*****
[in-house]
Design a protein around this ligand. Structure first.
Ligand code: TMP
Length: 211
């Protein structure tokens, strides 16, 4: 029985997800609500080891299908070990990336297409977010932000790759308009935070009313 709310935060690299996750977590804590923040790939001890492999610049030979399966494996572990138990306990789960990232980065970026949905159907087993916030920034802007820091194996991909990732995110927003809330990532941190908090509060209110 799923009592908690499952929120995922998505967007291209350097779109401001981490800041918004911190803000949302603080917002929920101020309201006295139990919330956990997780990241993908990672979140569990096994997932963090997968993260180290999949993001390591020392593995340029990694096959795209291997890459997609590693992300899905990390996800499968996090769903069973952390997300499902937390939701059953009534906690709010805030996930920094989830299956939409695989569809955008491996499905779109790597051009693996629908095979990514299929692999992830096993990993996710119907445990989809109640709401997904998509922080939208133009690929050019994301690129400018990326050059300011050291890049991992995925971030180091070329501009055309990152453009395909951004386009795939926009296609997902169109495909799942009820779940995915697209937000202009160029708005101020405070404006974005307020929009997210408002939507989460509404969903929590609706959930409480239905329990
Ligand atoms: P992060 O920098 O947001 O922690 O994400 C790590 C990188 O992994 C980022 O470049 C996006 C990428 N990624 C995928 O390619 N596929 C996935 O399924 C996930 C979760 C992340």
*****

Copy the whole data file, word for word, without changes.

[in-house]
Design a protein around this ligand. Structure first.
Ligand code: TMP
Length: 211
């Protein structure tokens, strides 16, 4: 029985997800609500080891299908070990990336297409977010932000790759308009935070009313 709310935060690299996750977590804590923040790939001890492999610049030979399966494996572990138990306990789960990232980065970026949905159907087993916030920034802007820091194996991909990732995110927003809330990532941190908090509060209110 799923009592908690499952929120995922998505967007291209350097779109401001981490800041918004911190803000949302603080917002929920101020309201006295139990919330956990997780990241993908990672979140569990096994997932963090997968993260180290999949993001390591020392593995340029990694096959795209291997890459997609590693992300899905990390996800499968996090769903069973952390997300499902937390939701059953009534906690709010805030996930920094989830299956939409695989569809955008491996499905779109790597051009693996629908095979990514299929692999992830096993990993996710119907445990989809109640709401997904998509922080939208133009690929050019994301690129400018990326050059300011050291890049991992995925971030180091070329501009055309990152453009395909951004386009795939926009296609997902169109495909799942009820779940995915697209937000202009160029708005101020405070404006974005307020929009997210408002939507989460509404969903929590609706959930409480239905329990
Ligand atoms: P992060 O920098 O947001 O922690 O994400 C790590 C990188 O992994 C980022 O470049 C996006 C990428 N990624 C995928 O390619 N596929 C996935 O399924 C996930 C979760 C992340």